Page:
The economic impact of plastic pollution on Saint Lucia
This economic brief shows the estimated impact of marine plastic pollution on fisheries and tourism in St Lucia. Marine plastic pollution can generate significant economic costs in the form of gross domestic product (GDP) reductions, estimated at up to US$7 billion (globally) for 2018 alone (WWF, 2021).
This study focused on estimating direct costs for the economy of Saint Lucia, looking at costs for the fisheries and tourism sectors. Some costs, such as the impact of ghost fishing, and benefits, such as the potential of selling plastics on the market for recyclables, were not included. In addition, mismanaged plastics also have broader impacts on blue natural capital assets and marine biodiversity, which can generate additional impacts to the economy. With this said, it is difficult to quantify the impact on marine ecosystems and biodiversity (Tekman et al., 2022). The impact of marine plastics must be seen in light of the multiple stressors, which impact the marine environment and the blue economy that depends on it.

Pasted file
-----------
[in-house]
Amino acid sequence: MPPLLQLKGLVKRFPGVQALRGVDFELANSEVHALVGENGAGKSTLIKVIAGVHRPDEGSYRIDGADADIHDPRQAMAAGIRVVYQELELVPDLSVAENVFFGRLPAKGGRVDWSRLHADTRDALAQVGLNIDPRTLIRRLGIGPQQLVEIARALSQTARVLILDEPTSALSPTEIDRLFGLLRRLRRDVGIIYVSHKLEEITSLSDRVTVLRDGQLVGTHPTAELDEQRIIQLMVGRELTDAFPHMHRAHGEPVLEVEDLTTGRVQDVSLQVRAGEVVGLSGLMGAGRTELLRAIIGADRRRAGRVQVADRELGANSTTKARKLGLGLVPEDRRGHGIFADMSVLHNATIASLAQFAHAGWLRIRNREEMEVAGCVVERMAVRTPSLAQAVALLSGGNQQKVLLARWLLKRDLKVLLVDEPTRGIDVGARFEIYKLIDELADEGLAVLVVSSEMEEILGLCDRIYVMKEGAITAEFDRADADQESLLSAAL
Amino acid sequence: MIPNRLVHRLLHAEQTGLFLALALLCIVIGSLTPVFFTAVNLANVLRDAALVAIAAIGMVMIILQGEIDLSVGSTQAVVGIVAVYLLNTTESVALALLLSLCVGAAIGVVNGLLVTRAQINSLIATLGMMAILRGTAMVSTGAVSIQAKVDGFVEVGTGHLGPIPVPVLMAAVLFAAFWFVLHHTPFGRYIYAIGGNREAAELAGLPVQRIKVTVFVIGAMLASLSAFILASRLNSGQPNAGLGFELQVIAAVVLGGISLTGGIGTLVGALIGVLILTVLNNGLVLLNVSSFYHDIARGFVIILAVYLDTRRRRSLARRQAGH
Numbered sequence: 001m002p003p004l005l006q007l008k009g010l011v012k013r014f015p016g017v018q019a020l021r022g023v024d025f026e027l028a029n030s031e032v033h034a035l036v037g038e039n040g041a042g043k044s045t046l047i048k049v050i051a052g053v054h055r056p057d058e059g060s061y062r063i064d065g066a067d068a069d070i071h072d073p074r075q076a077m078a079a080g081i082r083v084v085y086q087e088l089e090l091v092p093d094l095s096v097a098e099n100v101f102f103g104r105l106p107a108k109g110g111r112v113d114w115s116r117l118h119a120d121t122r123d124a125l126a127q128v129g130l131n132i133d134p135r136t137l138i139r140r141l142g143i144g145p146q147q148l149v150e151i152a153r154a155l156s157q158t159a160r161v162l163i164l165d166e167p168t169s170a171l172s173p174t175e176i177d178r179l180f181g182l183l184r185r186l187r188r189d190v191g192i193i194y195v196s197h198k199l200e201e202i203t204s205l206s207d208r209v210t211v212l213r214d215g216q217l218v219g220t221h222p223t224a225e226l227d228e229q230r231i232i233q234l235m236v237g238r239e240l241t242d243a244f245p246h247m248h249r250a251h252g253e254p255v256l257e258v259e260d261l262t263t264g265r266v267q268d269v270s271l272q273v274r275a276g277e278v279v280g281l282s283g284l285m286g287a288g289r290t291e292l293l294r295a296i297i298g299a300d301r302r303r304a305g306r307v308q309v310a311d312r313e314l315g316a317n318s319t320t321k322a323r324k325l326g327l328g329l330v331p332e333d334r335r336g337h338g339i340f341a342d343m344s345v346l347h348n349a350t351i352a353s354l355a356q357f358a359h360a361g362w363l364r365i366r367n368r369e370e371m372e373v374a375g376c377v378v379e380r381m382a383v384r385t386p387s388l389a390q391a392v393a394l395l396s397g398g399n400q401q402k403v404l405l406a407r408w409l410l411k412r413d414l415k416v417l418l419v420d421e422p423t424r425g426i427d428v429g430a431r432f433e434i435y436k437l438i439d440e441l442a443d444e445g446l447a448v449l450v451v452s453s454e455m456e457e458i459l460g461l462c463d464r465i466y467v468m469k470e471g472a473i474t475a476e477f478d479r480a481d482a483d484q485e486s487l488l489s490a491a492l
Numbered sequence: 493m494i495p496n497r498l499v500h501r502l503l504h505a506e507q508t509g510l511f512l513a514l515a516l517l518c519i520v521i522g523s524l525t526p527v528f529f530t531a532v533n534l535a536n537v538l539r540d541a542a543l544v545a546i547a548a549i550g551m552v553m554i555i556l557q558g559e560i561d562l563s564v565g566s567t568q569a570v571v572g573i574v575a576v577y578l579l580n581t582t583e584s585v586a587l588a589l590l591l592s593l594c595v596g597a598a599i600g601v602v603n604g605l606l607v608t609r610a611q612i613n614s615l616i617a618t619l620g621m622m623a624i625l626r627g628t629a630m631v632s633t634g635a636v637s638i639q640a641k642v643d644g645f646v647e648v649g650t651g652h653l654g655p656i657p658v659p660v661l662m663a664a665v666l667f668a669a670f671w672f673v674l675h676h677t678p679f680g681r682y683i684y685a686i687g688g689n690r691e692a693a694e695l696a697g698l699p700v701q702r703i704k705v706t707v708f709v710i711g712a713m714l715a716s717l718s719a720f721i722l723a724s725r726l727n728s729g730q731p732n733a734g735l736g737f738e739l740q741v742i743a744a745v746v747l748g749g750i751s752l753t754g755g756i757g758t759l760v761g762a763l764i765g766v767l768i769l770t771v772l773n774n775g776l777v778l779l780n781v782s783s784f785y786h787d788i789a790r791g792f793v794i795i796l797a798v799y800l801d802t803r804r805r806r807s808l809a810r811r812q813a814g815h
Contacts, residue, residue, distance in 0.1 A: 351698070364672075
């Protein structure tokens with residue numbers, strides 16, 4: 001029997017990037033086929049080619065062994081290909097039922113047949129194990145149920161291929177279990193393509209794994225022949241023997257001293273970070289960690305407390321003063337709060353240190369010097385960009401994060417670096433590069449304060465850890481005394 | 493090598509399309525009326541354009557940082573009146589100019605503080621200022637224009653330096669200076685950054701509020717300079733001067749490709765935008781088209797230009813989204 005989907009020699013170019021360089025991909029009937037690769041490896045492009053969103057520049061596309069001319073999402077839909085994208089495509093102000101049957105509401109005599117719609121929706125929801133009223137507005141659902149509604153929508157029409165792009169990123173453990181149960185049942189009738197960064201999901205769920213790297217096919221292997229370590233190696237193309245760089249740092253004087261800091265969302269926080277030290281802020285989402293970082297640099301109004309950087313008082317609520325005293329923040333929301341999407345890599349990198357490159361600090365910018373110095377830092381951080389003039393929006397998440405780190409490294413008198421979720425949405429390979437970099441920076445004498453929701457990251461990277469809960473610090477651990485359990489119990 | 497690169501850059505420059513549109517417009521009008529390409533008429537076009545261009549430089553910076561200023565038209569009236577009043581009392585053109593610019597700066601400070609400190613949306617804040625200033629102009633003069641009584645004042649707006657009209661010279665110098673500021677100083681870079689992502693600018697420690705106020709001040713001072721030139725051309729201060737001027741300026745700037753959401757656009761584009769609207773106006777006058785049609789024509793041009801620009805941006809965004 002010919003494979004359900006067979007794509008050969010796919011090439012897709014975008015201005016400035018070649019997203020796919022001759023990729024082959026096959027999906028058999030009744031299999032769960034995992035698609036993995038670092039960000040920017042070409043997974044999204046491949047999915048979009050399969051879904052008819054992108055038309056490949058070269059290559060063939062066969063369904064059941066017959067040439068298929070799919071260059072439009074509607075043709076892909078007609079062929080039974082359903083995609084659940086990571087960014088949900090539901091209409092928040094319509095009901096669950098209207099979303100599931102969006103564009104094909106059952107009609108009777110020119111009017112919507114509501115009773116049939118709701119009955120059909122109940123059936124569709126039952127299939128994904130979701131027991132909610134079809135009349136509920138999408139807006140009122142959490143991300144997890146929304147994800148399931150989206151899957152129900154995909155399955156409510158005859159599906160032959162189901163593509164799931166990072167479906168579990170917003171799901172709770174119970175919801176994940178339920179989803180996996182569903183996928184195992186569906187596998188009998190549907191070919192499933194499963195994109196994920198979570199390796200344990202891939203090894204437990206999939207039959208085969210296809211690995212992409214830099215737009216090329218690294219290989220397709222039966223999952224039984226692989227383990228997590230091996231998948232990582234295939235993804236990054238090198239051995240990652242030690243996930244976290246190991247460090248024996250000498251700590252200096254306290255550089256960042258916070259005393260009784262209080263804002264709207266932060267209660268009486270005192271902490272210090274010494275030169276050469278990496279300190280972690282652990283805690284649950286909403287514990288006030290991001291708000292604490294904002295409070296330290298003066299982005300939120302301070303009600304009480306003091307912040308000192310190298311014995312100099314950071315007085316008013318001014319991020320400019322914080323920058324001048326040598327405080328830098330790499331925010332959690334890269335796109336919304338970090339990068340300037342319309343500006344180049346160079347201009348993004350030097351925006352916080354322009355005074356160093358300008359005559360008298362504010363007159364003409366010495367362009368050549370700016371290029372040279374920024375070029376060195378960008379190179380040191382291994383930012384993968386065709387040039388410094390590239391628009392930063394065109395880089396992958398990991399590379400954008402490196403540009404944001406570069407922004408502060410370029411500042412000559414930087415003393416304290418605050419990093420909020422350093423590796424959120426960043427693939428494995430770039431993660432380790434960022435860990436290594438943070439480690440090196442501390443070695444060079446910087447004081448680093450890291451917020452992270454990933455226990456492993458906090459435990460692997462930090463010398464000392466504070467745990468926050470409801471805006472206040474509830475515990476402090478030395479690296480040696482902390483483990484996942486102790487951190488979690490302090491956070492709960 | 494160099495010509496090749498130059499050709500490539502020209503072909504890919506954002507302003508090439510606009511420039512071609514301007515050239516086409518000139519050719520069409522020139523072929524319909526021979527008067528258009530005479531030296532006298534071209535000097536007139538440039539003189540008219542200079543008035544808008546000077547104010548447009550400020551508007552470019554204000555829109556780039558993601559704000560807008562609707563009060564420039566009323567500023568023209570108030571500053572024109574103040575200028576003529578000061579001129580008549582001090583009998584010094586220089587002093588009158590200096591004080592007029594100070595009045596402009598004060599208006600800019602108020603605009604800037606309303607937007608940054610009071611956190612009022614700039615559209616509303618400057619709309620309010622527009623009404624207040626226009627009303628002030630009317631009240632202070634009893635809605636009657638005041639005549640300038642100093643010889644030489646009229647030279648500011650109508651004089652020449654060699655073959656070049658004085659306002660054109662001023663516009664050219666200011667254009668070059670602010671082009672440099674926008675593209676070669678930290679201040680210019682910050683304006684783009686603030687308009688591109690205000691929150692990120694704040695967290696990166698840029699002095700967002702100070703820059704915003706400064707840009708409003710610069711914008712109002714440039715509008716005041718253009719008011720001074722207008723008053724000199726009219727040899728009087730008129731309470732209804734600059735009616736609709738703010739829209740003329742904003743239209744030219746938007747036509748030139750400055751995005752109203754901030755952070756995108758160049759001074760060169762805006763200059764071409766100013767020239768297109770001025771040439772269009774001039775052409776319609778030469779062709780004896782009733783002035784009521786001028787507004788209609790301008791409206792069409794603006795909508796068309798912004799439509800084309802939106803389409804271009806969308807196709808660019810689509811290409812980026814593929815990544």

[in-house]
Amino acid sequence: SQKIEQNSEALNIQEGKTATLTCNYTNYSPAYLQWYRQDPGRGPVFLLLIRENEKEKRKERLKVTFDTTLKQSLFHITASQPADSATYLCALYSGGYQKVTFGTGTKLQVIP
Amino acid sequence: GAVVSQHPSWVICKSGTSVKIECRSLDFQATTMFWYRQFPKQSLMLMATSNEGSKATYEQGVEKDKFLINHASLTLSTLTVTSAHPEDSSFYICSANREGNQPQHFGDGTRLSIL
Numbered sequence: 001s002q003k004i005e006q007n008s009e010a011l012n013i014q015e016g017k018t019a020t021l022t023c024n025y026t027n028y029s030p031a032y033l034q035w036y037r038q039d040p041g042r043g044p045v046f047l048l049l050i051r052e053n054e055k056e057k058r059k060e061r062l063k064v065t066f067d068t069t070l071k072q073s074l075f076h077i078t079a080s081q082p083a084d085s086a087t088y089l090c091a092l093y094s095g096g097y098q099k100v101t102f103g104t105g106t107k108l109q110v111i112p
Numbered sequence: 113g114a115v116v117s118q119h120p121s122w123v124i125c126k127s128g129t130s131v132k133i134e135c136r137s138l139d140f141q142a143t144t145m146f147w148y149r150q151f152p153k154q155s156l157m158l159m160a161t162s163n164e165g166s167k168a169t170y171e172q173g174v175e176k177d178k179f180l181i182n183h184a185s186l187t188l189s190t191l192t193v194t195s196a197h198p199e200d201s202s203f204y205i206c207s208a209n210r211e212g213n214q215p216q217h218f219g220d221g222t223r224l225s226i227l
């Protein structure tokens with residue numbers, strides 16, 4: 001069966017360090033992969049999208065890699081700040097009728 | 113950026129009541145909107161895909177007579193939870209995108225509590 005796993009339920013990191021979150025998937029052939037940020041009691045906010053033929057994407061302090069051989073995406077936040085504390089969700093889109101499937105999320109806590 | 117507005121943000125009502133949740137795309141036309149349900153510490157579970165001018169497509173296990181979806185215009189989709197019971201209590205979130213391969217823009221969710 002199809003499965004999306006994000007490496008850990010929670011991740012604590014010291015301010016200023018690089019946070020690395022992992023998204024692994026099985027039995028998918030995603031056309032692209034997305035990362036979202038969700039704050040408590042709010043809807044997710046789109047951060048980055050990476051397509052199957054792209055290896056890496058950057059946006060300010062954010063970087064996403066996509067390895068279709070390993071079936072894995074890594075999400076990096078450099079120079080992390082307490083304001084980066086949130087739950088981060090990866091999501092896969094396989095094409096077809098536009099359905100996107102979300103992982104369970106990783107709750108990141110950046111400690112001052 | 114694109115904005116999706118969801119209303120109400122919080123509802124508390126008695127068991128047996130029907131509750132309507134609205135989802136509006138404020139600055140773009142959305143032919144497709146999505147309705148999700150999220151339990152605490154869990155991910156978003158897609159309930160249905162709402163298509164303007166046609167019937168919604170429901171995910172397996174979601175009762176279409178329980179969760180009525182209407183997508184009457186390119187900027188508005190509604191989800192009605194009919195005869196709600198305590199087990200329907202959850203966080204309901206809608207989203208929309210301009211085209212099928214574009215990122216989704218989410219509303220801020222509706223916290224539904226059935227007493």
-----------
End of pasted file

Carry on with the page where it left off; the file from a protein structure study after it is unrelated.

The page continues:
This is one of three briefs produced for the Caribbean as part of the Plastic Waste Free Islands project. In 2019, with support from the Norwegian Agency for Development Cooperation (Norad), IUCN launched the Plastic Waste Free Islands (PWFI) project, as part of its global Close the Plastic Tap Programme. PWFI focused on three islands in the Caribbean and three islands in the Pacific. Implemented in Fiji, Vanuatu and Samoa in Oceania and Antigua and Barbuda, Saint Lucia and Grenada in the Caribbean, the project promoted island circular economy and demonstrated effective, quantifiable solutions to address plastic leakage from Small Island Developing States (SIDS).